Wednesday, September 12, 2007

The Cost of Staying

LA Times, which seems to have gotten much more shrill lately:

This is the essence of the two-day report to Congress by Gen. David H. Petraeus and Ryan Crocker, the U.S. ambassador to Iraq. The general and the ambassador freely admitted that the situation in Iraq is frustrating, that U.S. military might cannot force Iraqis into the political reconciliation that is the only basis for real stability, and that it's impossible to predict when Iraqis will be able to run their country themselves. Nevertheless, they argued, the consequences of U.S. troops departing could be so horrific -- Iraq turning into an Al Qaeda haven plagued by ethnic cleansing and preyed upon by Iran -- that the only prudent course is to keep at least 130,000 soldiers in Iraq at least until July.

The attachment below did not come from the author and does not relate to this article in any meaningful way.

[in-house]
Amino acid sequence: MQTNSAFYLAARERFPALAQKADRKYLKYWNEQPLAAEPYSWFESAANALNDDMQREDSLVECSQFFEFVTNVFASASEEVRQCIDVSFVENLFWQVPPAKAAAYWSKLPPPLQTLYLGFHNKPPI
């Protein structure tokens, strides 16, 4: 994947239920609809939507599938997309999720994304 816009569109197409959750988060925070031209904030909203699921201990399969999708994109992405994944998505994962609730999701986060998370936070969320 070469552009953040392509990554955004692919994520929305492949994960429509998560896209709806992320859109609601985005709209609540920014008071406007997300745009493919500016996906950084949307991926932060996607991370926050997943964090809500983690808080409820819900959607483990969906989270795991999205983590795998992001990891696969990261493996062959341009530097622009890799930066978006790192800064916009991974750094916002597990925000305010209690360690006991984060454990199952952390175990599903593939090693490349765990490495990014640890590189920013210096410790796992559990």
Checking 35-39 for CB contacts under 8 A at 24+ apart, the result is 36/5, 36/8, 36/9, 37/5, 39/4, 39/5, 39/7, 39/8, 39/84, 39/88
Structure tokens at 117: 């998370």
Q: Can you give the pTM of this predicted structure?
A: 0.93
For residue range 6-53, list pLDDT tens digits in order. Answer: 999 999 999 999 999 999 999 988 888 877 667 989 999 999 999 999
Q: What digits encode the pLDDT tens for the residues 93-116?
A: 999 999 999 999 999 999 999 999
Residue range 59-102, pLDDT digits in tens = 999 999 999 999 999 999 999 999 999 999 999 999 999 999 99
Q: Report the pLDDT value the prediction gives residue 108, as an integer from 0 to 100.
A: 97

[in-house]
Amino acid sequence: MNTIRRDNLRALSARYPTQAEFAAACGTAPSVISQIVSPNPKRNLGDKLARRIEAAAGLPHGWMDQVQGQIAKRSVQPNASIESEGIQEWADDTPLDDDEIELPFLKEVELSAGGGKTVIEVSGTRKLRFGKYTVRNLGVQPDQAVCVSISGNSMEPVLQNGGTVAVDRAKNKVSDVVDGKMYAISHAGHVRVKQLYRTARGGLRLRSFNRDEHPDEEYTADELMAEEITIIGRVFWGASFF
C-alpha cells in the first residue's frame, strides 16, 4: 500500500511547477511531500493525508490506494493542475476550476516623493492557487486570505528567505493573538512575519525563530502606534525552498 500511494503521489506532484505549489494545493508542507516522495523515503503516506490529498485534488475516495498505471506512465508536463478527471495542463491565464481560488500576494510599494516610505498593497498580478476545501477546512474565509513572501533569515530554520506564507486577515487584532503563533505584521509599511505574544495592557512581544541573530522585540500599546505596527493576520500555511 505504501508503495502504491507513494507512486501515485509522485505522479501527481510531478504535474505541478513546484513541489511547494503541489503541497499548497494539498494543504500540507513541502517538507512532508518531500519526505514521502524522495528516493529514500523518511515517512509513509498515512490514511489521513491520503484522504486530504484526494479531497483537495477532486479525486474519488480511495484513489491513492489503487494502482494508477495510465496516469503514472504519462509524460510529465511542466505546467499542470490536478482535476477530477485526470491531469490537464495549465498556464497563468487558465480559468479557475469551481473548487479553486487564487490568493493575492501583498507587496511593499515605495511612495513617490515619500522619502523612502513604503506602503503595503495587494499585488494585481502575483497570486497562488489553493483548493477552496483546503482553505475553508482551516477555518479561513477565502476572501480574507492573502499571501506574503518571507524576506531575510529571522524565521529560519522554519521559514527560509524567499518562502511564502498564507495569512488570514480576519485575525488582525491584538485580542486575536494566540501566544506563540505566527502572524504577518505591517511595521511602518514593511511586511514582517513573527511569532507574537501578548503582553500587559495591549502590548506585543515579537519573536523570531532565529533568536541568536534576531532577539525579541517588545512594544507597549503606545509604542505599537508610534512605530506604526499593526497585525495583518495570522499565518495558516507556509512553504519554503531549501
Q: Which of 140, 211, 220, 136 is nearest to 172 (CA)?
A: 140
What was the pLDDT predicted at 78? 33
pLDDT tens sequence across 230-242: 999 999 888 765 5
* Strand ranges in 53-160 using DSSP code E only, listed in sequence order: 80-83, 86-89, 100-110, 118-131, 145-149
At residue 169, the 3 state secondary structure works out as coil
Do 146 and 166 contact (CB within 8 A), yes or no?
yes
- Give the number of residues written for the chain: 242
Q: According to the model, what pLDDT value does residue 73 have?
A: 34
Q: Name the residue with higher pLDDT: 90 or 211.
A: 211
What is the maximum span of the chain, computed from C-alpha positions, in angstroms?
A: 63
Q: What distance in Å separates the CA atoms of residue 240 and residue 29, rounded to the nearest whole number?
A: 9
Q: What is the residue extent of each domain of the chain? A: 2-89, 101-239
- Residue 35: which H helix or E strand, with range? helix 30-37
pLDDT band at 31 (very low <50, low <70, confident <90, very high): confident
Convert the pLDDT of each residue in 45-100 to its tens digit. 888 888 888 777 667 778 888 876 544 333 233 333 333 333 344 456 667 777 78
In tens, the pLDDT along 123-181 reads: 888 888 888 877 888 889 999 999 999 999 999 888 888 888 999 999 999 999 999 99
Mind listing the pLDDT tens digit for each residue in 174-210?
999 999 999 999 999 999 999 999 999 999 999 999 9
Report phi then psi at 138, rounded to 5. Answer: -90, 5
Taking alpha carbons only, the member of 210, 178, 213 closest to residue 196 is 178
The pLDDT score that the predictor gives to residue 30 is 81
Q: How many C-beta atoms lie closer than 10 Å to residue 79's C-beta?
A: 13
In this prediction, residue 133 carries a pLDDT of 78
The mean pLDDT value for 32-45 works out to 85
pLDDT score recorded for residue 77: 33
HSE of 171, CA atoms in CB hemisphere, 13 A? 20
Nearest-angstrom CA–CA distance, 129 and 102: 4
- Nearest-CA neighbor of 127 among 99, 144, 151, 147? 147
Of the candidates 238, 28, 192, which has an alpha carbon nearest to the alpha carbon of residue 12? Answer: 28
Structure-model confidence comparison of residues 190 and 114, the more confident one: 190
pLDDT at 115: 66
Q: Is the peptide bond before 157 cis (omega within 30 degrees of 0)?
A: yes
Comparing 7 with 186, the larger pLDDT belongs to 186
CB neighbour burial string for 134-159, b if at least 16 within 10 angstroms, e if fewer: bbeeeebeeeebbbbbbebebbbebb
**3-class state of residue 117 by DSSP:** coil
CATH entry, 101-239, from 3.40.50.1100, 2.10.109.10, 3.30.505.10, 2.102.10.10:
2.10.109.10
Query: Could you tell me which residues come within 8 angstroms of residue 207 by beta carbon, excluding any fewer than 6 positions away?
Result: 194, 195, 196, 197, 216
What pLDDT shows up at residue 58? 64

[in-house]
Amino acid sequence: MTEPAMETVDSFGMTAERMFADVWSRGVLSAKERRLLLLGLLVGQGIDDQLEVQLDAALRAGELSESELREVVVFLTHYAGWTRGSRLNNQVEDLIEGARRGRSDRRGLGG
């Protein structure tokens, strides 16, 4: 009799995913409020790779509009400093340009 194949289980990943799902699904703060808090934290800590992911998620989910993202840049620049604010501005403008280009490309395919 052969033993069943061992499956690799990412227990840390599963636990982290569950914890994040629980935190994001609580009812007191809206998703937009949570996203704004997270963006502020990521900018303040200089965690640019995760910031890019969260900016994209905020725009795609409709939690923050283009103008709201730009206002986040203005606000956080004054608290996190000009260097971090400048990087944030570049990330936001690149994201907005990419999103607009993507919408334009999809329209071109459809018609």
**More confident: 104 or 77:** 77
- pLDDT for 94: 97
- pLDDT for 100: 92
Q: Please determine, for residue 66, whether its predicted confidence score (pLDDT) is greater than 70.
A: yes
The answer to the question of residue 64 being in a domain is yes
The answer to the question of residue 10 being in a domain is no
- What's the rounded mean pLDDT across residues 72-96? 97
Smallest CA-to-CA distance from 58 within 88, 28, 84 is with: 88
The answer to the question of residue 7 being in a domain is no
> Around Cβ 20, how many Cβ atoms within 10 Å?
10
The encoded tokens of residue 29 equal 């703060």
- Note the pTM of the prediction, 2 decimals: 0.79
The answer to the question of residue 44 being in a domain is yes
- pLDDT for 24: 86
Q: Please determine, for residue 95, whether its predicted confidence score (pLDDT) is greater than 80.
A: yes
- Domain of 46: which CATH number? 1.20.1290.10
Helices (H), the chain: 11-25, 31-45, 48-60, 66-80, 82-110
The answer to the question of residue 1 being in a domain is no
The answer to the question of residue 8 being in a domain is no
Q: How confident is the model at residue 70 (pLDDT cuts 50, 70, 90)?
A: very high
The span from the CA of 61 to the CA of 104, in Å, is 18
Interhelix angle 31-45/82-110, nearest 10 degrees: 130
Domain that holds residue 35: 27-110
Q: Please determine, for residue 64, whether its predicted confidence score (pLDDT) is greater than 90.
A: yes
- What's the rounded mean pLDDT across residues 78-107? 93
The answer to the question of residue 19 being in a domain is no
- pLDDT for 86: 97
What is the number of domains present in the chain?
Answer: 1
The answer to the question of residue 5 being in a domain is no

President Bush is expected to accept this recommendation in a speech Thursday. Despite Democratic protests, it's unlikely that this toothless Congress will stop him from continuing the de facto occupation of Iraq for the remainder of his term. We fear this is a grave mistake that will compound the colossal error of invading Iraq in the first place -- although we fervently hope that Petraeus, Crocker and the courageous people they lead will somehow manage to prove us wrong.

The president will ask the nation to pay for the next 11 months in Iraq with billions of dollars and hundreds of lives. We think this sacrifice will be in vain, because only Iraqis can heal their national wounds. And so we ask instead: What else could the United States do with a guesstimated $100 billion to reduce the strength and the appeal of Islamist terrorist groups worldwide?